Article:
The Quill Pen: What Writers of the Past Can Teach Us


"The Poor Poet" by Carl Spitzweg (1839)

If I look around my “writing area,” I find several tools at my disposal to help me write a novel.  I have a Macbook Pro with software like Diary, Scrivener, Mindnode and Pixelmator that help me go from ideas jotted down in my daily Diary to a finished novel complete with a self-designed cover.  I have always been fascinated by the idea that most of the greatest works of literature in history were written with a quill pen, an ink well and some parchment.  Examining a writer’s process in the past can give us instruction for using the amazing tools we have today.

1.  Revision – I’ve heard some of my students say “I don’t have time for revision.”  This is untrue.  A more truthful statement would be “I don’t make time for revision.”  Imagine revising an entire novel before people were able to save it on a hard drive.  I know that Mozart apparently wrote all of his sheet music unrevised from the way he heard it in his head, but did Shakespeare? Dickens? Goethe?  It must have been tedious re-writing entire plays or novels or epic poems.  How much more should we revise since we can save our work almost without effort and come back to it, make digital notes in the margins, get instant help through e-mail, Facebook, or other ways of sharing text.

2.  Research – Our writing ancestors had to get on a horse or walk to a local library, and usually the library was not local.  The amount of information available was limited.  Books were expensive.  Even after the printing press was invented, books were still hard to come by for the general public.  Most of the writers of the past were wealthy because they were the only ones who could stay home and write.  Playwrights like Shakespeare relied upon their wealth of knowledge immediately available, either through schooling or books they could pick up.  Today we have literally the wealth of the entire world’s knowledge at our fingertips, yet writers often choose not to use it.  I spent nearly six months researching how the world could end before writing a post-apocalyptic story.  I wanted the end of the world to seem as realistic as possible, so that even a climatologist would find the events believable.  Understand that most readers today will check your facts.  If you write about something scientific or political or about any other field of study but do not take the time to research for that shred of realism, readers will see through it like so much mylar used to project a hologram of Tupac Shakur.

3.  Quality – If there is one thing that computers have allowed lazy writers to do is to remain lazy writers.  If you don’t believe me, download one of those .99 books on Amazon written by Joe “Author” and you will see the ugly side of self-publishing.  Joe “Author” might defend his book by saying “but my mother loved it”.  No offense to mom, but that does not make it good.  If all of us were to take the care that early writers took in revision, we would not have to revise so much.  Shakespeare revised as we know from the different folios of his work.  “To be, or not to be; aye, there’s the rub” was once “To be or not to be; aye, there’s the point” and “What’s Hecuba to him or he to her” became “What’s Hecuba to him or he to Hecuba”.  These revisions, however small, were still revisions.  Writers of the quill (for the most part) were careful when they were writing rough drafts mindful of the economy of fewer mistakes.  The simple way to get quality is to write a detailed outline of your novel first and save yourself the headache of chapters that drift along like ships without sails.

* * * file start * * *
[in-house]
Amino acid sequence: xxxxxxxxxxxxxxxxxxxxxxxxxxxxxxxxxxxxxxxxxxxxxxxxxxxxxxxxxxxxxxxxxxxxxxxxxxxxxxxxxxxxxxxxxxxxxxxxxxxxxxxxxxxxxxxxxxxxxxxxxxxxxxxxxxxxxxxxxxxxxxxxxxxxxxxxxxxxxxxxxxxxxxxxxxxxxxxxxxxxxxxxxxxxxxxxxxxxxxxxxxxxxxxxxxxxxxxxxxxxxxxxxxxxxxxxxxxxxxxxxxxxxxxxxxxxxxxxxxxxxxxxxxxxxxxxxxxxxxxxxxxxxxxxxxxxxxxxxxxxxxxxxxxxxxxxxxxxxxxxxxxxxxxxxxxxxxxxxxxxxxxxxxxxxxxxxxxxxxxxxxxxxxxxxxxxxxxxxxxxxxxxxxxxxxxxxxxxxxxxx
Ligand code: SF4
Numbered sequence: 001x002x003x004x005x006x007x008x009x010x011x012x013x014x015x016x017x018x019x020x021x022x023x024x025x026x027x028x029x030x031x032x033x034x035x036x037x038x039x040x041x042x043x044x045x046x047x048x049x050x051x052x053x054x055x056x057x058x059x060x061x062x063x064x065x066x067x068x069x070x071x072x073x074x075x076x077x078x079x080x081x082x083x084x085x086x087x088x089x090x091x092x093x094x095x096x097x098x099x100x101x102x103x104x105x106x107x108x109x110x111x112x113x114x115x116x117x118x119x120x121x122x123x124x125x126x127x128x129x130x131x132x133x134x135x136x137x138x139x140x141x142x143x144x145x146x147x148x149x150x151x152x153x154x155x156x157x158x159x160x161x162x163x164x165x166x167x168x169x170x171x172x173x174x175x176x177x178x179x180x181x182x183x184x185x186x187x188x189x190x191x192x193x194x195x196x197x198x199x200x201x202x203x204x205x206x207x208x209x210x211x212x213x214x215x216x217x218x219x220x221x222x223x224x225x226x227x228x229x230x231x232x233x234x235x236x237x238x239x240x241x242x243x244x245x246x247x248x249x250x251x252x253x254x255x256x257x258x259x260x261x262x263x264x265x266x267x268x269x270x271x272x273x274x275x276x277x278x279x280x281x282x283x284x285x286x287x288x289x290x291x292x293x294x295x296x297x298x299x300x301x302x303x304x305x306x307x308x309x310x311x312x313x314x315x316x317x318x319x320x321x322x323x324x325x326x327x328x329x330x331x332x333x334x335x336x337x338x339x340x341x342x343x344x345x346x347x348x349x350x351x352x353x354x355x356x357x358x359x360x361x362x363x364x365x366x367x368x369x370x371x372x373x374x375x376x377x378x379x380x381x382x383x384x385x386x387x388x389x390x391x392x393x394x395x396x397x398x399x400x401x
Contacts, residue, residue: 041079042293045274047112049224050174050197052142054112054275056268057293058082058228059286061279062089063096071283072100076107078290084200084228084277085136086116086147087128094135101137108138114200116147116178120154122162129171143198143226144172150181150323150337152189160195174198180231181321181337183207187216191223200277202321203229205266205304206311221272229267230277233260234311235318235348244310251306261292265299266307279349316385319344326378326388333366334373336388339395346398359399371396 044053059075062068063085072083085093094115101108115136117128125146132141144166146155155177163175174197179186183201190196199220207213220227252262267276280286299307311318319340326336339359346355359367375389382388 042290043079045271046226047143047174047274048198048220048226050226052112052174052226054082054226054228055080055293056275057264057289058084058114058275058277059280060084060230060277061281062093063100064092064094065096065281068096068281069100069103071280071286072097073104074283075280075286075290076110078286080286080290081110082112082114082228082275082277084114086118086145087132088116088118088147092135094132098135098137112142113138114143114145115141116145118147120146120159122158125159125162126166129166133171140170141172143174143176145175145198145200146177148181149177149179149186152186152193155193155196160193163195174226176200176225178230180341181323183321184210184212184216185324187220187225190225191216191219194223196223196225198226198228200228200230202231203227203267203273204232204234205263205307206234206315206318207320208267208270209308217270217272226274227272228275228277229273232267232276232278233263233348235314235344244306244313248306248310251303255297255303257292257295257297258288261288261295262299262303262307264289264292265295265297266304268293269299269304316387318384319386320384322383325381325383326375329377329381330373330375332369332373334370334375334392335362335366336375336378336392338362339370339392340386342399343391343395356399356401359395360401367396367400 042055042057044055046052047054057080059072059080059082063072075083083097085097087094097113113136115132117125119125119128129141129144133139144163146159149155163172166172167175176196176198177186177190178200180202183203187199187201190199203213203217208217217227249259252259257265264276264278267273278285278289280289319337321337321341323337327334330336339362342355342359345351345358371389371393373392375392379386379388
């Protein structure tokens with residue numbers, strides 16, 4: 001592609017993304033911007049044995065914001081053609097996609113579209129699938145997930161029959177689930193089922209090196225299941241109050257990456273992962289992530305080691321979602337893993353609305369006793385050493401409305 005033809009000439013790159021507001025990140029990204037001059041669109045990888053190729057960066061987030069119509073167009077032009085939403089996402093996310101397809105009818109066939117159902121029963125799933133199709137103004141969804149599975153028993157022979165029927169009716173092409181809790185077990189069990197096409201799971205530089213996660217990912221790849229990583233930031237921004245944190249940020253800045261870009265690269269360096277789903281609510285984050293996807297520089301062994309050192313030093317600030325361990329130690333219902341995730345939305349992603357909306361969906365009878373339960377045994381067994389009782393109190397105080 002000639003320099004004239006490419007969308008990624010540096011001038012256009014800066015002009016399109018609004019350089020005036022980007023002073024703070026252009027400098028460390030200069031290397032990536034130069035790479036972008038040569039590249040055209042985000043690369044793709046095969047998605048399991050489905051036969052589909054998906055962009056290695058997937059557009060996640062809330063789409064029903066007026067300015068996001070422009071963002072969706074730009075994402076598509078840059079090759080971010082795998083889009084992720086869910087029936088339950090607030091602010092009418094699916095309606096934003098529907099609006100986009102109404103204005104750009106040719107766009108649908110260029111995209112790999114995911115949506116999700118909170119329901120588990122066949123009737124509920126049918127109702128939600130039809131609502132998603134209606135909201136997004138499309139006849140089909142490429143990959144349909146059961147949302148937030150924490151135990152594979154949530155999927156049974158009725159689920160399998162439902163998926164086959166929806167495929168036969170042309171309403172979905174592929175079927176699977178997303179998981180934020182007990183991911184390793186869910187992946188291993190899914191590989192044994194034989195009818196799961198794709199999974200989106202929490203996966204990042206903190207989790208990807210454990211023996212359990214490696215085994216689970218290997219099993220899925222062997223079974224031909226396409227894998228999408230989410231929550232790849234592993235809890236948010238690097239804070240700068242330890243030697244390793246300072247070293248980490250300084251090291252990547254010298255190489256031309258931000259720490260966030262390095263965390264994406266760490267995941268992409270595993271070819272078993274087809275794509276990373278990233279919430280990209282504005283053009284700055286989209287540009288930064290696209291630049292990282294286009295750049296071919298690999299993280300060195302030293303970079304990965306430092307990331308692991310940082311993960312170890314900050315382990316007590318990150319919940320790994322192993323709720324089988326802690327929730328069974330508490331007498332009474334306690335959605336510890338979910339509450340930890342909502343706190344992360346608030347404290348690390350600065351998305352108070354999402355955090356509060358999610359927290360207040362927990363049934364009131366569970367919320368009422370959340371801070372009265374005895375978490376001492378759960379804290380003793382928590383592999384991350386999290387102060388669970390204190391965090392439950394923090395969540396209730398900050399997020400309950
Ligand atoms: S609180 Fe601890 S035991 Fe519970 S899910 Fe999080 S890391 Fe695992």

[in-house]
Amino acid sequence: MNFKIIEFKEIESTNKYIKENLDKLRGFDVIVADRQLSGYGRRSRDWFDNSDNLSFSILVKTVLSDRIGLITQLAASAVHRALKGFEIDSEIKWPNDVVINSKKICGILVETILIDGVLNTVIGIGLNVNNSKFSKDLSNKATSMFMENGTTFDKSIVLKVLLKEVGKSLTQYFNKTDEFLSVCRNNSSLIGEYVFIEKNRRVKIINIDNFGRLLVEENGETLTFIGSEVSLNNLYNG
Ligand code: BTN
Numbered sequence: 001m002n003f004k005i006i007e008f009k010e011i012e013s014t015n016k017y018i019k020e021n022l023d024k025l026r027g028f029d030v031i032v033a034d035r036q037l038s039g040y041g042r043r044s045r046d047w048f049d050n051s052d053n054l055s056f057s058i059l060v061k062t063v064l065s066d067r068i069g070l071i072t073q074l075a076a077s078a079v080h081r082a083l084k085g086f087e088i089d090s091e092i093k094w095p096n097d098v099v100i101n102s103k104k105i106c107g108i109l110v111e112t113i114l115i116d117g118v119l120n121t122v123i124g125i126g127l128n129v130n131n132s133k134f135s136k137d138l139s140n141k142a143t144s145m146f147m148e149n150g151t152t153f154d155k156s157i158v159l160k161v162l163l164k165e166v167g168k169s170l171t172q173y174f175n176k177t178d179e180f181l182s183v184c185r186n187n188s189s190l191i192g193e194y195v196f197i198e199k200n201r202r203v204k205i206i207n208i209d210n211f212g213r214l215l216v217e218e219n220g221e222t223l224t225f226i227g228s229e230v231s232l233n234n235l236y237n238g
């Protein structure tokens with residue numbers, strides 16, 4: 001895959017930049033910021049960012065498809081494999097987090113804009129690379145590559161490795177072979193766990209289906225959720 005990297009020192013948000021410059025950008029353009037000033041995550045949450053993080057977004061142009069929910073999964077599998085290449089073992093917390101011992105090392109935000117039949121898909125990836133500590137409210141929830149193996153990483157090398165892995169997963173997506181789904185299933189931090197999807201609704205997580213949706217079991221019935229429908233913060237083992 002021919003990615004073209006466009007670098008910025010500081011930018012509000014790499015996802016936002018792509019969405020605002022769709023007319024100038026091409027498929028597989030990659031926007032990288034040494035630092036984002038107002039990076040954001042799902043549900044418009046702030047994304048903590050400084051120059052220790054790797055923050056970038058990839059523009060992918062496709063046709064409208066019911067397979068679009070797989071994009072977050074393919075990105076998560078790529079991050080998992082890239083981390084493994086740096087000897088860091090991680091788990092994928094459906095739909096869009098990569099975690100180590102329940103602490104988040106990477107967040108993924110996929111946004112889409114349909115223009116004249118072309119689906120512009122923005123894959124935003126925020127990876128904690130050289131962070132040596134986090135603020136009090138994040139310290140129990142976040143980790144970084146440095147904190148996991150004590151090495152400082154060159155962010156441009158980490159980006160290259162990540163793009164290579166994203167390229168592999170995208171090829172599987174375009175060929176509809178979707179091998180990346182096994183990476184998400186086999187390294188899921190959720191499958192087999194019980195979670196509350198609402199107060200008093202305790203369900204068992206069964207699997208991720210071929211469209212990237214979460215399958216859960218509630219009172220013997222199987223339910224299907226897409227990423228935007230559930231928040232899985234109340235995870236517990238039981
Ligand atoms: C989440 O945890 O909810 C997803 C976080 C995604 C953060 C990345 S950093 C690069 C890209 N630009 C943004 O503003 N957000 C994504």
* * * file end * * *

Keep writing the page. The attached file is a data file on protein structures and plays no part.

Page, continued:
Not many have the gifts of Shakespeare, and some would argue that none possess all of them, but we can gain much perspective from these quill and ink writers and try to utilize the tools given to us to make us better novelists, playwrights, screenwriters and poets.  Take pride in what you are writing.  If you have a great plot, then fill that plot with extended metaphors, powerful imagery, realistic dialogue, and deep symbolism.  Never settle for second best with your ability.  Dig down deep and find that spark that Shakespeare had within you.  The one thing we have that he didn’t is this massive wealth of knowledge that sits at the other end of your router.  Go out and find what you need.

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6 thoughts on “The Quill Pen: What Writers of the Past Can Teach Us

  1. Wow, I’d never thought about what it must have been like writing a novel years ago, without all the aids we have now. Writing IS hard work, but blimey, having to edit with a quill pen and paper! They must have been so determined!

    Xx

  2. Your articles are always so good! Thanks for sharing…I love that my kids are required to read the classics. I think its good for them. And do revisions. It’s not optional. It took forever to make them understand that even professional paid writers have someone redlining things in their manuscript (just because the teacher wants you to make changes doesn’t mean you’re stupid or they are insulting you).

  3. Excellent post, Roger. Your suggestions are ones that I live by in my own writing – even my poetry. I grew up on the classics, in art, writing and music – and the sheer ability to produce quality work is something that impressed itself firmly on my mind, and what I aspire to in my own work. Thank you for reinforcing that here; it’s much appreciated by this reader! ~ Julie :)

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